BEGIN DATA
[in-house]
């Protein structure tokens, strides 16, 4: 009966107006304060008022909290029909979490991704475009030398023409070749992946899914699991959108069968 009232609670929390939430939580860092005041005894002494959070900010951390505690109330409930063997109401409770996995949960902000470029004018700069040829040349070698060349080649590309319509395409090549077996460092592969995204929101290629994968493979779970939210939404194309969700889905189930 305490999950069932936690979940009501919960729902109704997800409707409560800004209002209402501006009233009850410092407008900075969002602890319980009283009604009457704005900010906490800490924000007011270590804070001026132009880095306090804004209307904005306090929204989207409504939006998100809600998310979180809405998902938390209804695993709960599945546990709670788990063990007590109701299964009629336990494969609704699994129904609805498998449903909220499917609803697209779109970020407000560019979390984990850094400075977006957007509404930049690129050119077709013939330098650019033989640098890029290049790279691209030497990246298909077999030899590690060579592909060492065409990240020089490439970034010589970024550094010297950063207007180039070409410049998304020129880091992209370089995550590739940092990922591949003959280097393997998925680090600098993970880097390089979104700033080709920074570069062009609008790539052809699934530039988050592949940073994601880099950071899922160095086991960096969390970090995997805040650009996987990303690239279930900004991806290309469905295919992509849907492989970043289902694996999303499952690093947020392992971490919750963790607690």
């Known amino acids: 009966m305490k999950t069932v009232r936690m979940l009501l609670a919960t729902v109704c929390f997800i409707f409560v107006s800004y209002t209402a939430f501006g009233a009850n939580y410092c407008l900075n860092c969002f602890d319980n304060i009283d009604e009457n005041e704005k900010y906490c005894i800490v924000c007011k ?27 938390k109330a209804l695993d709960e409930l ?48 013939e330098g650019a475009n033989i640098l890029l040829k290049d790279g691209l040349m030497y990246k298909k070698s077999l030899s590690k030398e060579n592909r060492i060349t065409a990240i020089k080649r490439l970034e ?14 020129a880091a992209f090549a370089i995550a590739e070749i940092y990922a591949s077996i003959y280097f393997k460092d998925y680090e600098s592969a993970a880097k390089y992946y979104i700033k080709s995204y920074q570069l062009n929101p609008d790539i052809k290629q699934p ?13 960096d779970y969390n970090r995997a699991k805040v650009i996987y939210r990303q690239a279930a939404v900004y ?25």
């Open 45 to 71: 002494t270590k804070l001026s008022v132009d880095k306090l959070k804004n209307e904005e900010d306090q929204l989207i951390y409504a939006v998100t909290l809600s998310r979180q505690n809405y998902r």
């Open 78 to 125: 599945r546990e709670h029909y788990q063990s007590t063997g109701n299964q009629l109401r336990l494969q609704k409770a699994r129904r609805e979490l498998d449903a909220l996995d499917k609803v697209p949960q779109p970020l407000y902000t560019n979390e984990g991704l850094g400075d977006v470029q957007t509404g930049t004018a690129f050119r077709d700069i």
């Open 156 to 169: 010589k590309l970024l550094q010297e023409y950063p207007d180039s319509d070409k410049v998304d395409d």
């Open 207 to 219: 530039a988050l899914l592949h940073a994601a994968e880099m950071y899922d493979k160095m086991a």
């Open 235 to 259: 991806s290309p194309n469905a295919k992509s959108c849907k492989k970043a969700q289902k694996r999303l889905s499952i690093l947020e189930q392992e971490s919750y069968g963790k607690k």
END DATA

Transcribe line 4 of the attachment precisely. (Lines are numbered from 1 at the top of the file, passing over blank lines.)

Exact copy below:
């Open 45 to 71: 002494t270590k804070l001026s008022v132009d880095k306090l959070k804004n209307e904005e900010d306090q929204l989207i951390y409504a939006v998100t909290l809600s998310r979180q505690n809405y998902r």